qqenvelope: Normal Quantile-Quantile Plots with Global Simulation...

Description Usage Arguments Details Value Author(s) References See Also Examples

Description

Produces a normal QQ plot of data, or of residuals from a fitted model y, with a user-specified line to compare to "theoretical" quantiles, and global envelopes constructed by simulating new residuals. Global envelopes are constructed using the GET package for simultaneous control of error rates over the whole curve.

Usage

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qqenvelope(y, n.sim = 199, conf.level = 0.95, ylab = "Sample Quantiles", ...)

Arguments

y

can be a set of values for which we wish to check (multivariate) normality, or it can be any object that responds to the residuals, simulate and update functions.

n.sim

the number of simulated sets of residuals to be generated, to which the observed residuals will be compared. The default is 199 datasets.

conf.level

the confidence level to use in constructing the envelope.

ylab

y axis label (if a plot is produced).

...

further arguments sent through to plotenvelope

Details

A challenge when interpreting a qqplot is understanding the extent to which deviations from expected values could be due to random noise (sampling variation) rather than actual assumption violations. This function is intended to assess this, by simulating multiple realizations of residuals in situations where assumptions are satisfied, and plotting a global (or "simultaneous") simulation envelope around these at level conf.level. All data points should lie if assumptions are satisfied, and will do so for a proportion conf.level of datasets which satisfy their assumptions.

This function can take data (univariate or multivariate) and check for (multivariate) normality, or it can take a fitted model and use qq plots to interrogate residuals and see if they are behaving as we would expect them to if the model were true.

The envelope is global, constructed using the GET-package. So if any data points lie outside the envelope we have evidence that assumptions are not satisfied. The GET-package was originally constructed to place envelopes around functions, motivated by the problem of diagnostic testing of spatial processes (Myllymäki et al 2017), but it can equally well be applied here, by treating sorted residuals as point-wise evaluations of a function.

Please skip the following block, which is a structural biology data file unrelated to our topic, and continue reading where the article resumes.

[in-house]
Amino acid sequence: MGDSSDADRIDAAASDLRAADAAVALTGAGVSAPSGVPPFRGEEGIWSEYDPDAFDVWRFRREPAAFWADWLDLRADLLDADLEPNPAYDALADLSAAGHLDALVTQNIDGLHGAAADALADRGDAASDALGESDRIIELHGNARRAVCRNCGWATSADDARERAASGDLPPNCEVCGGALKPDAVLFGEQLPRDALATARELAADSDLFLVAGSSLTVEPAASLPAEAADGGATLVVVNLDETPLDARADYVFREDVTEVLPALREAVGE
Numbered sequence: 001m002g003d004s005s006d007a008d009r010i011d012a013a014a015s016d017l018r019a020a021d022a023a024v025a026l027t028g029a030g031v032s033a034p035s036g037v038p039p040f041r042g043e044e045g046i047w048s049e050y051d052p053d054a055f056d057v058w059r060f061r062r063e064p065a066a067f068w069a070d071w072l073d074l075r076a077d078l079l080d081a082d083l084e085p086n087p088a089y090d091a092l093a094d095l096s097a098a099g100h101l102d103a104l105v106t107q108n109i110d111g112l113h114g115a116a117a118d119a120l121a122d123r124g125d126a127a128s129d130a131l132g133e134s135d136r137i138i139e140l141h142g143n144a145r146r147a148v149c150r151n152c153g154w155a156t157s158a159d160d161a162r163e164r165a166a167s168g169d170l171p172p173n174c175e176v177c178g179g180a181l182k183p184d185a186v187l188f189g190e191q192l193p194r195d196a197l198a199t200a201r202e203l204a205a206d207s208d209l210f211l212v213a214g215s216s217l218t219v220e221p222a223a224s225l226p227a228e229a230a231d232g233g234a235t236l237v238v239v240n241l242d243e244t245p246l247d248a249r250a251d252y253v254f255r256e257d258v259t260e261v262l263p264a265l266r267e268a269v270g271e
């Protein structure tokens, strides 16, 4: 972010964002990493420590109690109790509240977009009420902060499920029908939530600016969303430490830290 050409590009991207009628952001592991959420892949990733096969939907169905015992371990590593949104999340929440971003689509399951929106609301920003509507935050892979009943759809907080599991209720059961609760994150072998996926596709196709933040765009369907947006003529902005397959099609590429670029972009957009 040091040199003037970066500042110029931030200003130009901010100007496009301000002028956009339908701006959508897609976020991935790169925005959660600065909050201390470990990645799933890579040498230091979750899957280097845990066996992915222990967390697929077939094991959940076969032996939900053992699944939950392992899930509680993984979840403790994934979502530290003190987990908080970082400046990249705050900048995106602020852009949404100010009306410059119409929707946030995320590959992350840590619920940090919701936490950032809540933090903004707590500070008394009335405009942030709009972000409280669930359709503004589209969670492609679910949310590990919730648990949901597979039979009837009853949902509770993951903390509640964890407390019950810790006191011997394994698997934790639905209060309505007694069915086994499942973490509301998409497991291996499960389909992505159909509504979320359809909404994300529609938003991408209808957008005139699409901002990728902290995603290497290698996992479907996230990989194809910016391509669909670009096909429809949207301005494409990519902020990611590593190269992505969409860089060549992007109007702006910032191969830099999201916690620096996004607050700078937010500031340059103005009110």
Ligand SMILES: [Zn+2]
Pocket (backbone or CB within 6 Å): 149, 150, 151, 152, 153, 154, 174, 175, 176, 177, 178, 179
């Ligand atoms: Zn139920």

For further details refer to plotenvelope, which is called to construct the plot.

Value

a qqplot with simulation envelope is returned, and additionally:

x

a vector of theoretical quantiles from the standard normal sorted from smallest to largest

y

a vector of observed residuals sorted from smallest to largest

lo

lower bounds on the global simulation envelope for residuals

hi

upper bounds on the global simulation envelope for residuals

p.value

A P-value for the test that model assumptions are correct, using a 'parametric bootstrap' test, based on how far sample residuals depart from the values expected of them if model assumptions were satisfied.

Author(s)

David Warton <david.warton@unsw.edu.au>

References

Myllymäki, M., Mrkvička, T., Grabarnik, P., Seijo, H. and Hahn, U. (2017), Global envelope tests for spatial processes. J. R. Stat. Soc. B, 79: 381-404. doi:10.1111/rssb.12172

See Also

qqnorm, qqline, plotenvelope

Examples

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# simulate some data and fit a qq plot:
y=rnorm(20)
qqenvelope(y)

# fit a multivariate linear model to the iris dataset:
data(iris)
Y = with(iris, cbind(Sepal.Length,Sepal.Width,Petal.Length,Petal.Width))
iris.mlm=lm(Y~Species,data=iris)
# check normality assumption:
qqenvelope(iris.mlm,n.sim=99)

ecostats documentation built on Nov. 11, 2020, 5:08 p.m.